1 Maccabees 13 – With Jonathan in Trypho’s custody, Simon takes over the leadership of the Jews. He gathers the people, encourages them and rekindles their spirit. He completes the planned fortifications.
Trypho assembles his army to invade and sends envoys to Simon demanding a ransom of 100 talents and two of Jonathan’s sons before he will free Jonathan. Simon prepares to pay it more to assuage the desires of the people than anything. He believes it is all a trick.
He sends the demanded things but they do not release Jonathan. Trypho invades and also kills Jonathan. Simon recovers his body and builds a great monument to all his family in Modein. Trypho also deals treacherously with the young King Antiochus, Alexander Balas’ son. He kills him, allegedly by sending him for a surgical procedure he really does not need; then he seizes the Seleucid crown.
Simon writes to King Demetrius, seeking to use him against the growing power of Trypho. The king responds by pardoning the Jews and making peace with them. It is 142 BC and the year is celebrated as the year that pagan rule of Israel was finally ended.
Simon leads a force to take Gezer [see http://www.bibleplaces.com/gezer.htm] 20 miles west of Jerusalem. He builds a residence there. Back in the Citadel in Jerusalem, men are starving because they are not allowed to get their supplies from the Seleucids. Jonathan makes peace with them, but expels them and purifies the Citadel in 141 BC. Then Simon makes his son John commander of all his forces.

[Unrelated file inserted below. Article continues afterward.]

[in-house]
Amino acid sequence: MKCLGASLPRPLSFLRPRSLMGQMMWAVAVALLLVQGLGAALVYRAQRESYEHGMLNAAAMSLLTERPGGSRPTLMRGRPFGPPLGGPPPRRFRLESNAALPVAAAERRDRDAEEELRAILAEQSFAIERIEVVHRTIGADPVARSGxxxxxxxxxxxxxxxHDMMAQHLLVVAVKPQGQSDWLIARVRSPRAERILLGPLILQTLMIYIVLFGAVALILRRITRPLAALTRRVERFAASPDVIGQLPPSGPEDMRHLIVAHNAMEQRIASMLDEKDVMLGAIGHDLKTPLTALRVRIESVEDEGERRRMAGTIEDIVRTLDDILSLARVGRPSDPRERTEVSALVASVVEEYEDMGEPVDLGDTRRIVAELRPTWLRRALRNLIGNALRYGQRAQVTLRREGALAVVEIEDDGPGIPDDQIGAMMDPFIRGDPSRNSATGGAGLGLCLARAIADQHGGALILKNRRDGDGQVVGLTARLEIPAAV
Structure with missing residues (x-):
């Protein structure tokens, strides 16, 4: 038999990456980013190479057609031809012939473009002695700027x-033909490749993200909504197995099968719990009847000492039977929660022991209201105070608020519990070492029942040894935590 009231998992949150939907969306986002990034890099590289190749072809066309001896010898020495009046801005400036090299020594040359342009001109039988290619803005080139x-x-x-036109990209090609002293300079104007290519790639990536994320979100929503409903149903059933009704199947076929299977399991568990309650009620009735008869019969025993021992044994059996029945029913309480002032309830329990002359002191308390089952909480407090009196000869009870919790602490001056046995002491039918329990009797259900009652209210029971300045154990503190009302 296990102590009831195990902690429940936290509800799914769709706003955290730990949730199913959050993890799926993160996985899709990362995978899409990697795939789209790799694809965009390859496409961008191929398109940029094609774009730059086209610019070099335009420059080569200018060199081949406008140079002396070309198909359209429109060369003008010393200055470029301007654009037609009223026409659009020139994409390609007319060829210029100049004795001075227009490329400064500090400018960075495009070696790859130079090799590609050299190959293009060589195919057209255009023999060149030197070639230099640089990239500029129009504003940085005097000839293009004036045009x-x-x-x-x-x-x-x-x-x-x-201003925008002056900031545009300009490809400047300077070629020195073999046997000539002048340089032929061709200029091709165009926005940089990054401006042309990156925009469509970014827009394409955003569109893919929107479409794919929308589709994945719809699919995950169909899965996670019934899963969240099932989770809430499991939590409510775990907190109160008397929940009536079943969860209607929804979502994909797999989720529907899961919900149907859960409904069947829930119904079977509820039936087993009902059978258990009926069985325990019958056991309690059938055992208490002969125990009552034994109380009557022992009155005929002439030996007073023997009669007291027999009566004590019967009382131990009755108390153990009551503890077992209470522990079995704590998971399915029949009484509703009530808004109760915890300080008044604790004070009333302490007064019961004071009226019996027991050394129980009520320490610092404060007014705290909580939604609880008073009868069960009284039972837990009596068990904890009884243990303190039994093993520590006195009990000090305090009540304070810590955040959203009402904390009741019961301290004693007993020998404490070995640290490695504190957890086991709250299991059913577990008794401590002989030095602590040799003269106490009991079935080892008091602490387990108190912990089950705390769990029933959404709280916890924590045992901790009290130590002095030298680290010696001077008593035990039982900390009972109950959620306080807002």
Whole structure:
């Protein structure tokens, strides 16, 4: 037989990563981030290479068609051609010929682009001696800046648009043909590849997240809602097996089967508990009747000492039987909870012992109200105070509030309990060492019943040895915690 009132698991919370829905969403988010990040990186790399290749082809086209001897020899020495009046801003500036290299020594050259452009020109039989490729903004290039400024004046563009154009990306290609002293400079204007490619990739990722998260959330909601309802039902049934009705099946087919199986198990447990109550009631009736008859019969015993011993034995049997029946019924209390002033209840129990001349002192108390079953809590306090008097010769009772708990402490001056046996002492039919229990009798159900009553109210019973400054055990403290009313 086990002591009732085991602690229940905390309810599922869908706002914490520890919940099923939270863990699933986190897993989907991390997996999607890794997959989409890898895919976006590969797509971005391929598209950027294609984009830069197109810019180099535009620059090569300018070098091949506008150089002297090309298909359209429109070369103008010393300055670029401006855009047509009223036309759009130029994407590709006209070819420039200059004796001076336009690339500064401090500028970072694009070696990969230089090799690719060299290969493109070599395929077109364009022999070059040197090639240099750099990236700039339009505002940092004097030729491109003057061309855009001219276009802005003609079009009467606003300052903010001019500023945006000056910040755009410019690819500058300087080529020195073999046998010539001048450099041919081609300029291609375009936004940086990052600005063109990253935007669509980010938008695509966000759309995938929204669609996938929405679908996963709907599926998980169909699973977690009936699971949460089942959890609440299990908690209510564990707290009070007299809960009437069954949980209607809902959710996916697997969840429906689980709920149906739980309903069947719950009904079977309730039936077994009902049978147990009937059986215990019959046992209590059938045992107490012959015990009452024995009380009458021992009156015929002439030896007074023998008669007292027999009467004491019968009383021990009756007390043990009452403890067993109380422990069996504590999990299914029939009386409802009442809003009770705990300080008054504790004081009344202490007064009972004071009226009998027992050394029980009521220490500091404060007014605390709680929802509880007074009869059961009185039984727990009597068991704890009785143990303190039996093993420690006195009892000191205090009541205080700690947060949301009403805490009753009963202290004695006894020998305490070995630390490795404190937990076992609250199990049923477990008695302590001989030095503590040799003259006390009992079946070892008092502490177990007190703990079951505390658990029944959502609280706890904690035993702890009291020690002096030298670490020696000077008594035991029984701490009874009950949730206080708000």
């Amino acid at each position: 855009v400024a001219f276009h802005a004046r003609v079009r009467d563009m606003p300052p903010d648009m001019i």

1 John 3 – Very deep words from John: “My dear people, we are already the children of God but what we are to be in the future has not yet been revealed; all we know is, that when it is revealed we shall be like him because we shall see him as he really is” (3:2).
How then must we live to be faithful to this promise? We must aspire to be pure – “as pure as Christ” (3:3). We must break from sin and “live a holy life” (3:7). “No one who has been begotten by God sins; because God’s seed remains inside him” (3:9).
If you are not living this way, you are not a child of God’s. The way of God and the way of the world are diametrically opposed. “You must not be surprised . . . we have passed out of death and into life, and of this we can be sure because we love our brothers. If you refuse to love, you must remain dead; to hate your brother is to be a murderer, and murderers, as you know, do not have eternal life in them” (3:13-15).
We learn to love others by thinking of the love Christ showed us in giving up his life. Like his love for us, our love for others must not just be “mere talk” (3:18); it must be “something real and active” (3:18).
“His commandments are these: that we believe in the name of his Son Jesus Christ and that we love one another as he told us to. Whoever keeps his commandments live in God and God lives in him. We know that he lives in us by the Spirit that he has given us” (3:24).
There is a great deal in these words of John that are deeply meaningful to me. Indeed, John’s entire “take” on the Christian message is what drew me back to Christ at a time when I was full of doubt about religion. Early Friends understood John’s words. They saw the passage from “death . . . into life” as spiritual; they understood the presence of “God’s seed” in them as the fulfillment of the earliest scriptural “promise” in Genesis 3:15. We will be doing the Gospel of John after we finish with this epistle, so I will go into it more then.